Naomi Goldberg Based in Chicago, Naomi leads MAP’s in-depth policy analyses. Prior to joining MAP, Naomi was a public policy fellow at the Williams Institute, where her research focused on adoption and foster care, domestic partner benefits, and the issues affecting older LGBT Americans. Naomi received a Master of Public Policy from the University of Michigan and graduated from Mount Holyoke College.

Sharita Gruberg is a Senior Policy Analyst for the LGBT Research and Communications Project at American Progress. She comes to American Progress with extensive experience working in immigration advocacy, law, and policy, as well as experience providing direct service to immigration detainees, refugees, and asylum seekers. Sharita earned her J.D. from the Georgetown University Law Center, where she was a public interest law scholar and the writing program director for the Georgetown Journal on Poverty Law and Policy, and she also received the Refugees and Humanitarian Emergencies Certificate from the Institute for the Study of International Migration.

Stephanie Guilloud is the Co-Director of Project South: Institute for the Elimination of Poverty & Genocide. She is originally from Houston, Texas with family roots in Alabama. Stephanie is an organizer with 19 years of experience and leadership in global justice work and community organizing. At Project South, Stephanie works closely with Southeast regional organizing projects, the Southern Movement Assembly, publication development, and the Building A Movement (BAM) Institutes.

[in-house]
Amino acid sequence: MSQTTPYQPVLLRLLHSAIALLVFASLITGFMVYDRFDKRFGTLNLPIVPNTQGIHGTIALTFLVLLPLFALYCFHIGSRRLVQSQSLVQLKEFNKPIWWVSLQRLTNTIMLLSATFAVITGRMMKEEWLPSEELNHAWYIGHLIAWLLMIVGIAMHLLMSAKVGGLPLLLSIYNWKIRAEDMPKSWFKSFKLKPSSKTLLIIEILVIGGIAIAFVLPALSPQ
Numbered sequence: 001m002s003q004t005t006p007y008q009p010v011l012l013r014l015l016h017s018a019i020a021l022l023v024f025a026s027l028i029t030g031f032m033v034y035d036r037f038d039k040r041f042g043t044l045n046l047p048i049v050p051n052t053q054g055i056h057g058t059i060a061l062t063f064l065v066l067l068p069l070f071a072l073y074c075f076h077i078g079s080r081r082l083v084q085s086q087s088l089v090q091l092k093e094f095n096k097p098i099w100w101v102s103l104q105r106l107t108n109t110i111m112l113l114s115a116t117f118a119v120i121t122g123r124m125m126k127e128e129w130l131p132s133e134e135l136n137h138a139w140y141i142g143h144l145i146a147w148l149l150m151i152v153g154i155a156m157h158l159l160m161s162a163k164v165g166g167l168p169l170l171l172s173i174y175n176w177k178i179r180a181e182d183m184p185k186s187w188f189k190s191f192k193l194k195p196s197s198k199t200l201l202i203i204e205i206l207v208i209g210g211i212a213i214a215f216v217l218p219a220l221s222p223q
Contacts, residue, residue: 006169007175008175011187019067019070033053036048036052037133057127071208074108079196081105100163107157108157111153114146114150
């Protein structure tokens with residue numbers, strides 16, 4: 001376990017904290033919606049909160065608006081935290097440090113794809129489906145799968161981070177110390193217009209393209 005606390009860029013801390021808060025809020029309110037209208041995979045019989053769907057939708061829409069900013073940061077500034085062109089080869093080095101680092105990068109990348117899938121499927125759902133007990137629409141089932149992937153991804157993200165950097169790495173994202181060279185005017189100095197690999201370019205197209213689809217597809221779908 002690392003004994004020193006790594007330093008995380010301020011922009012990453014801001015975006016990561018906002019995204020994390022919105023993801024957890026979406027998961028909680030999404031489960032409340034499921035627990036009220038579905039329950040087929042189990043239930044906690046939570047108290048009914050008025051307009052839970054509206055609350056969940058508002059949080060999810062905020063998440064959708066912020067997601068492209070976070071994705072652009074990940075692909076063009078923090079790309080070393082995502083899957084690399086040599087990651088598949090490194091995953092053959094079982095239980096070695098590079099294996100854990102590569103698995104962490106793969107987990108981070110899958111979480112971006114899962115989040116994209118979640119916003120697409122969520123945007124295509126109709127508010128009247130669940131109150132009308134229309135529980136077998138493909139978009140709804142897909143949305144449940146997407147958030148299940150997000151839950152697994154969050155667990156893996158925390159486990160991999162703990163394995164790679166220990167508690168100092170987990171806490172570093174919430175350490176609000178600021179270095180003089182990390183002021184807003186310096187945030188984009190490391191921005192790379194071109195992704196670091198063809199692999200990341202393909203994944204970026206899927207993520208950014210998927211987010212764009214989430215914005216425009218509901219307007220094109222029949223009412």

Sarah Gunther is the Director of Programs at the Astraea Lesbian Foundation for Justice, where she oversees grantmaking, capacity building and philanthropic advocacy programs to support LGBTQI activism for racial, economic and gender justice globally. She joined Astraea in 2013 after serving as the Director of Africa Programs at American Jewish World Service (AJWS), where she oversaw grantmaking to grassroots organizations pursuing sexual rights, natural resource rights, and civil and political rights in Africa. Sarah also played a key role in developing AJWS’s global sexual rights strategies with a focus on LGBTQI rights, trans justice, and sex worker rights. Prior to joining AJWS, Sarah managed livelihoods programs in East and West Africa at Trickle Up and worked in Uganda with grassroots activist groups. She holds a B.A. in feminist, gender, and sexuality studies and African American studies from Wesleyan University and is pursuing a M.A. in human rights studies from Columbia University.

Efrain Gutierrez is a senior consultant at FSG where he helps clients use evaluation as a tool for learning and strategic refinement. He also develops conference sessions, blogs posts, and webinars that increase evaluators’ cultural competency when working with the Latino and the LGBTQ communities. Efrain holds a B.A. in International Business and Management from la Universidad Panamericana in Guadalajara, Mexico and an MPA from the University of Washington. Efrain has a passion and interest for social change and is Co-Chair of the LGBT Topical Interest Group at the American Evaluation Association.

Tyrone Hanley serves as Policy Counsel at the National Center for Lesbian Rights. In this role, he supports NCLR’s federal policy initiatives, with a focus on criminal justice reform, economic justice, and HIV/AIDS . Prior to attending the University of the District of Columbia’s David A. Clarke School of Law, Tyrone worked as the HIV Prevention Manager at SMYAL, a DC-area LGBTQ youth organization. He has also served as the Gender Public Advocacy Center’s Youth Program Coordinator and as an Americorps/National AIDS Fund volunteer at HIPS, a DC-based harm reduction organization for sex workers and drug users.